- FRANCE - PART ONE -

Hôtel des Invalides, Paris

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In 1670, Louis XIV founded LES INVALIDES (Hôtel des Invalides) close to what was then called the Grenelle Plain. It became home to wounded and disabled soldiers and funded by a five year levy on the salaries of soldiers serving in the army at that time. Building plans were drawn up by Libéral Bruant, and construction started in 1671. The complex eventually provided quarters for 4,000 ex-soldiers. Construction of the dome began in 1706. Designed by Jules Hardouin-Mansart, it was completed by de Cotte after Mansart died in 1708.

Les Invalides now consists of a complex of buildings in the 7th arrondissement containing museums and monuments, all relating to France's military history, as well as remaining as a hospital and a retirement home for a number of war veterans as well as a hospital for paraplegics.

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The dome of Les Invalides as seen from the Eiffel Tower. The roof of the Chapel of St-Louis is to be seen to the left of the dome.


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Shortly after the veterans' chapel (see below) was completed, Louis XIV had Mansart construct a separate private royal chapel, often referred to as the Église du Dôme from its most striking feature. Inspired by St. Peter's Basilica in Rome it is one of the triumphs of French Baroque architecture. It was restored at great expense in 1989.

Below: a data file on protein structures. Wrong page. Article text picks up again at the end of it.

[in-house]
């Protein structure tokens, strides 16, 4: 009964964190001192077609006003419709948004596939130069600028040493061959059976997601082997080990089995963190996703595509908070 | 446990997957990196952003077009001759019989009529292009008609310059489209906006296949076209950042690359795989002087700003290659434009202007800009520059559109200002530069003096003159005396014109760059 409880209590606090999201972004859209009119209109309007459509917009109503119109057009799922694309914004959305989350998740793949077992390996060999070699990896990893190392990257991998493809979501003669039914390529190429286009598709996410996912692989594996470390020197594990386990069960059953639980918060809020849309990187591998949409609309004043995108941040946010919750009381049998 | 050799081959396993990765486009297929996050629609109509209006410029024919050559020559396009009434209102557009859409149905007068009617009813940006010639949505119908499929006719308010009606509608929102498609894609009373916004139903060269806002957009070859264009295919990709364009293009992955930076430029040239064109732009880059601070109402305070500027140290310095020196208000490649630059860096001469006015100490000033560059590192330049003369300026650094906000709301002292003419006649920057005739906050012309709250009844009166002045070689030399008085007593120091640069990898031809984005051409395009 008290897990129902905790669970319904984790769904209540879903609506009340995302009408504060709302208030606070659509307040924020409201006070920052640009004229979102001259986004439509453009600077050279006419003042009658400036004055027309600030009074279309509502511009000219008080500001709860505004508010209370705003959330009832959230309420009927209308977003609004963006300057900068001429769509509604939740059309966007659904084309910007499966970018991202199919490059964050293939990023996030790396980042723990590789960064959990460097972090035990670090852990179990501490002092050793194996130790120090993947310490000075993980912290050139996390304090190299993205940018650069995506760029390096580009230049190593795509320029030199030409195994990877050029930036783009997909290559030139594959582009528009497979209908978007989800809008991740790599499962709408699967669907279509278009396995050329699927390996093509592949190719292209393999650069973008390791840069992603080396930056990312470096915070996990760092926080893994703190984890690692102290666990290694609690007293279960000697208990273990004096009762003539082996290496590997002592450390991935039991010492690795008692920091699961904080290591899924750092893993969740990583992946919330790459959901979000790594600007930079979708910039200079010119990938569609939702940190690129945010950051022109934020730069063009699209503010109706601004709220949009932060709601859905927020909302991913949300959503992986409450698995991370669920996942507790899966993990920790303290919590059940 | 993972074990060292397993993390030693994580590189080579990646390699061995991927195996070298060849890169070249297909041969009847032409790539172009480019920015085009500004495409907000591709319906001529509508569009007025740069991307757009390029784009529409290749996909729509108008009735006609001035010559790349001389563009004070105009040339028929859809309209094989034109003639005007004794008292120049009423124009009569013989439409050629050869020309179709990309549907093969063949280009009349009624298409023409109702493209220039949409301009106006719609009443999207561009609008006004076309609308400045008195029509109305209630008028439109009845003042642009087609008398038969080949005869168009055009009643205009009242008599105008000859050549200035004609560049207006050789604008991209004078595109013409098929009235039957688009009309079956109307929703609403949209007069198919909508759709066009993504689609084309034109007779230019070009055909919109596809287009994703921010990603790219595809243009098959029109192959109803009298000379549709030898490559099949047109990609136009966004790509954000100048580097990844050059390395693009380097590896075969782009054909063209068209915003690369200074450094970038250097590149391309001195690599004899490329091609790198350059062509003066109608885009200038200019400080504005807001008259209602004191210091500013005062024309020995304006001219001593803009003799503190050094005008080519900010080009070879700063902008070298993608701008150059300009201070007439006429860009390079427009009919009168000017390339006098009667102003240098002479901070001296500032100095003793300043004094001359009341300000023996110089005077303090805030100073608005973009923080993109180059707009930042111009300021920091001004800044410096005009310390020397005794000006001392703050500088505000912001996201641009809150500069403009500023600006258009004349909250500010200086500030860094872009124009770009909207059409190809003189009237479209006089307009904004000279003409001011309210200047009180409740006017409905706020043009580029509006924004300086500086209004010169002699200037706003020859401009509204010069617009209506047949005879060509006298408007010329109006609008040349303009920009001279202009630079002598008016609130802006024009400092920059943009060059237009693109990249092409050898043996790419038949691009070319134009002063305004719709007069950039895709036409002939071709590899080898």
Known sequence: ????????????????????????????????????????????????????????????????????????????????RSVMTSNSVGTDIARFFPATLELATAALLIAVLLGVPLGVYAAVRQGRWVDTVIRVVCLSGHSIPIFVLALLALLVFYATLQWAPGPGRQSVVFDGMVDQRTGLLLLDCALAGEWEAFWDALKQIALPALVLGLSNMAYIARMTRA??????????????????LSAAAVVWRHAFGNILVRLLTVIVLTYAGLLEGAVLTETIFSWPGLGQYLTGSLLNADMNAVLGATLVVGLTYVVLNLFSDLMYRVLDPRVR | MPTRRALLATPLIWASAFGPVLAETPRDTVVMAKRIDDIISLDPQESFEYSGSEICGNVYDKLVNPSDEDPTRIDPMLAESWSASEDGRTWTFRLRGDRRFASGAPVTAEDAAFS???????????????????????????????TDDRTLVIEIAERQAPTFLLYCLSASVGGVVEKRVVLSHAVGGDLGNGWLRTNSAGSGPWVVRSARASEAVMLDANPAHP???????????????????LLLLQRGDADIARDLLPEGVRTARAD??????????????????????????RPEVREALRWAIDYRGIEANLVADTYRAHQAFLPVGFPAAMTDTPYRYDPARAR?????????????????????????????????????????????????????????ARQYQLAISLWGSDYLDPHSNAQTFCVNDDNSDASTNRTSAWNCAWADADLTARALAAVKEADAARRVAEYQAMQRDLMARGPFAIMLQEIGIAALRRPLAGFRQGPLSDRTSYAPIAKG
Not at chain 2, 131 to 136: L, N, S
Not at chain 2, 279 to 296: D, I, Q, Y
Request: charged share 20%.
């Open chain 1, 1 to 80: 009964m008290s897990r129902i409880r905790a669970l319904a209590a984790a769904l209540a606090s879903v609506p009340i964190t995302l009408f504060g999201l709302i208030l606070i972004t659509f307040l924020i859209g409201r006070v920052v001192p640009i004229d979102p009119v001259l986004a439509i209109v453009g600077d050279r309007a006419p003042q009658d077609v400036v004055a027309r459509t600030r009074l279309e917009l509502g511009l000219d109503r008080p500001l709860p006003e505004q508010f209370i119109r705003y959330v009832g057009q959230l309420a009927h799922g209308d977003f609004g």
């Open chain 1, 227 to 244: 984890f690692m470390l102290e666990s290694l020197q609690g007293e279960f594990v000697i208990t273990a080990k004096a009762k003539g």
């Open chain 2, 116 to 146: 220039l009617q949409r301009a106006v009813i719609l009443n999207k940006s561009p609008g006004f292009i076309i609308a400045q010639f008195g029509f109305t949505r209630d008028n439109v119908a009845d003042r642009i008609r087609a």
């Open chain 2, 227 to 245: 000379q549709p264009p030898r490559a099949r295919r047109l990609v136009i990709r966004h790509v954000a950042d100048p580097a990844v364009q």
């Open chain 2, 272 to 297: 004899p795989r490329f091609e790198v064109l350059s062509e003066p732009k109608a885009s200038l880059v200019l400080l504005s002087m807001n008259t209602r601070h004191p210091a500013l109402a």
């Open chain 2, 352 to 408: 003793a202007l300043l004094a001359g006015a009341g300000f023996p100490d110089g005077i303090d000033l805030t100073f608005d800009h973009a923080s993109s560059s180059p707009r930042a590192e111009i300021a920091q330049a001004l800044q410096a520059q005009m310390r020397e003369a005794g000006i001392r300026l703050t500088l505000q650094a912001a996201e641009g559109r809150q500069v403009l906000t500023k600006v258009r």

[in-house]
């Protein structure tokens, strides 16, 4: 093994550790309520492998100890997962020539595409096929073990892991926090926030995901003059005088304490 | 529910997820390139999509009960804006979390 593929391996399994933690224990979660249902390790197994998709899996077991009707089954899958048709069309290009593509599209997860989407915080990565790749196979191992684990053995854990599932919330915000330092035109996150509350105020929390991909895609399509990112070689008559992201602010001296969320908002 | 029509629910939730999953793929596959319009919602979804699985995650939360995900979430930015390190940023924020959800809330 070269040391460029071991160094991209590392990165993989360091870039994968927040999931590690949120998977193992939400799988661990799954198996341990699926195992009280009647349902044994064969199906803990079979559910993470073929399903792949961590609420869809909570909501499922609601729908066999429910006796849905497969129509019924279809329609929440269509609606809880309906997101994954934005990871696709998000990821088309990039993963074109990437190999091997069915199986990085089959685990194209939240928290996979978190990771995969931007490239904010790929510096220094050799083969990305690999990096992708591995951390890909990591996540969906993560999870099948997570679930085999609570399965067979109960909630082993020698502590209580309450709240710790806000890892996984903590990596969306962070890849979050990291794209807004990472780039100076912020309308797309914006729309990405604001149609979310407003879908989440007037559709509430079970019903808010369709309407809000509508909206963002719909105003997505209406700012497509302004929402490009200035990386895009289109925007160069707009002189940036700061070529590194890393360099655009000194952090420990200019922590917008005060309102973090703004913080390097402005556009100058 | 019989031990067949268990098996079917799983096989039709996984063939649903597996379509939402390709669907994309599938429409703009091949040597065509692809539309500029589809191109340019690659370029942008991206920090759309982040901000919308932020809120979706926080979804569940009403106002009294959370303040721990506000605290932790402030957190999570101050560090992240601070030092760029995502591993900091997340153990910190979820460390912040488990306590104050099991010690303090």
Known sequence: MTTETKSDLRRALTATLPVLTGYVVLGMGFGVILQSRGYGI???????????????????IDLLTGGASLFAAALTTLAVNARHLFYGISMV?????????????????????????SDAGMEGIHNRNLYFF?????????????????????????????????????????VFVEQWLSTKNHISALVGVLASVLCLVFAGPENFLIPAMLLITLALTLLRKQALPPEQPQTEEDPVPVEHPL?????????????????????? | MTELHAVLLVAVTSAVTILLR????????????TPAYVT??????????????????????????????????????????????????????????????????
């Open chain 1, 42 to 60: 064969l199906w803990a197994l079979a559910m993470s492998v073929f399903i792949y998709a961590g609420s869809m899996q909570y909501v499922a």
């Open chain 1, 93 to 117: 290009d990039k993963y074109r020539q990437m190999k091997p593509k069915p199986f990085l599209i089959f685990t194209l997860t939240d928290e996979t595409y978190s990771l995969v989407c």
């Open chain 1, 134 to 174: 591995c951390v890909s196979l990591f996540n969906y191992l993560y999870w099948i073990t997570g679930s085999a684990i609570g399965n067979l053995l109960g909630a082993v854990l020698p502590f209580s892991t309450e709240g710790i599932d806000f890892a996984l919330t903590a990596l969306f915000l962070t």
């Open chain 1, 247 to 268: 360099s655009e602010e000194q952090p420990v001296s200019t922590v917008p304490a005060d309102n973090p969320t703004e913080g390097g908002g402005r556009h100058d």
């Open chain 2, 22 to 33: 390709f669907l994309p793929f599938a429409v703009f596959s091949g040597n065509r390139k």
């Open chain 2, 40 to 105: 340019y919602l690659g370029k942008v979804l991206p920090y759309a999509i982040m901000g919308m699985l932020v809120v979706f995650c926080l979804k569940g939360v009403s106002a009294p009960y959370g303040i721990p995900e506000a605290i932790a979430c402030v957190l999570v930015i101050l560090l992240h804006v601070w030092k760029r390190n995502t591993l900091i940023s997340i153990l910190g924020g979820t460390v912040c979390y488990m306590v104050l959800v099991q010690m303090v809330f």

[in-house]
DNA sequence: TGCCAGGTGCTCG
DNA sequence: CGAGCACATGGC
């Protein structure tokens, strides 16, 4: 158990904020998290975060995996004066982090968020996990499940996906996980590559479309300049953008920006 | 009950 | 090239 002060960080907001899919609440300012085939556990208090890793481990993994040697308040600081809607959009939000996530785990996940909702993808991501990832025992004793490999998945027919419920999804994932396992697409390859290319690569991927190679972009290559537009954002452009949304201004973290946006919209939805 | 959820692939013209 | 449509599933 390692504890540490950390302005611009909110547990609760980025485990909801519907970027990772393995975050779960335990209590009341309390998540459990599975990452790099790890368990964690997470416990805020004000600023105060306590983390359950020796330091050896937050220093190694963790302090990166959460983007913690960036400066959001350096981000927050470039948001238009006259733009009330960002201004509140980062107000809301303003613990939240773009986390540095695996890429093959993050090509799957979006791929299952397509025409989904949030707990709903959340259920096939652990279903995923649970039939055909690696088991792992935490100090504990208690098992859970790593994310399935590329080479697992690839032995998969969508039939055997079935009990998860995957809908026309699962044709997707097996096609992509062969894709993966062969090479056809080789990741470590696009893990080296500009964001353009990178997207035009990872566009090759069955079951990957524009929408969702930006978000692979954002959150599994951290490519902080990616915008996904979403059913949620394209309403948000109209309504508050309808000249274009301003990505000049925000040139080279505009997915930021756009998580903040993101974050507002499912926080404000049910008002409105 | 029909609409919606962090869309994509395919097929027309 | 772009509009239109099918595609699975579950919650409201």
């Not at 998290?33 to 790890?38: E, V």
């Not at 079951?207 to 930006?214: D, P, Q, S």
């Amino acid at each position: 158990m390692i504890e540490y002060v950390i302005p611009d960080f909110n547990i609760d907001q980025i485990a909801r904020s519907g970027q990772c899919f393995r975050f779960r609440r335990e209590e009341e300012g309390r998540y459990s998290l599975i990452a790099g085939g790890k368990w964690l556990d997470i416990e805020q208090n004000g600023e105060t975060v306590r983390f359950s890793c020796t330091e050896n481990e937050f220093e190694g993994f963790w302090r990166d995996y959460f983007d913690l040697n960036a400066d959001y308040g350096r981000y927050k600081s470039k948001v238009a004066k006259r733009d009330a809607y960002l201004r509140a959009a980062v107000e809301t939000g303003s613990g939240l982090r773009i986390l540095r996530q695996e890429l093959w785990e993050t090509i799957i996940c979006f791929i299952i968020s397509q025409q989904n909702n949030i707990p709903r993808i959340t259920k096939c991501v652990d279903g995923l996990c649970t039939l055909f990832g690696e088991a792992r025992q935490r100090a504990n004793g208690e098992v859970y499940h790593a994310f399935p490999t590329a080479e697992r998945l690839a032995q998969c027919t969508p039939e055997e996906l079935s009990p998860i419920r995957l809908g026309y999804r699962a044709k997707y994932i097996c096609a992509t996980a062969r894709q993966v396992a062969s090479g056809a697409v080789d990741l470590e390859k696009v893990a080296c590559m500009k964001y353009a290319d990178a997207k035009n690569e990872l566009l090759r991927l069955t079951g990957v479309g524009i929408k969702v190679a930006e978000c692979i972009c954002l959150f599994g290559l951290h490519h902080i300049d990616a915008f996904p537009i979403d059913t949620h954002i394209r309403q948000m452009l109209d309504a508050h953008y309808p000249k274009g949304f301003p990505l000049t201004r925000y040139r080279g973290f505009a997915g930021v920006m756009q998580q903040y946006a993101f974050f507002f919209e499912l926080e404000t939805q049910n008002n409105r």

The chapel and its dome are centrally placed and dominate the Court of Honour. It was finished in 1708. Under the dome are the tombs of Vauban, Turenne, Foch, and others.

Immediately beneath the cupola is a red porphyry sarcophagus that covers the six coffins enclosing the body of Napoleon I which was returned from Saint-Helena in 1840 through the efforts of King Louis-Philippe.

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Surrounding the Court of honour are galleries containing various relics of war. The Army Museum is also situated in one of the buildings close by.

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The dome crowning the royal chapel is the work of Jules Hardouin-Mansart, and is a perfect symbol of the spendour Louis XIV sought for while he was king.

The Church of St-Louis des Invalides (left), whose construction predates the dome, is Hardouin-Mansart's work as well, and many flags stolen from the enemy were hung here as decoration.

Les Invalides in Paris, France consists of a complex of buildings in the 7th arrondissement containing museums and monuments, all relating to France's military history, as well as a hospital and a retirement home for war veterans, the building's original purpose.

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It is also the burial and memorial site of some of France's war heroes such as Jean de Lattre de Tassigny who died in 1952.


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The organ in St Louis' Chapel.


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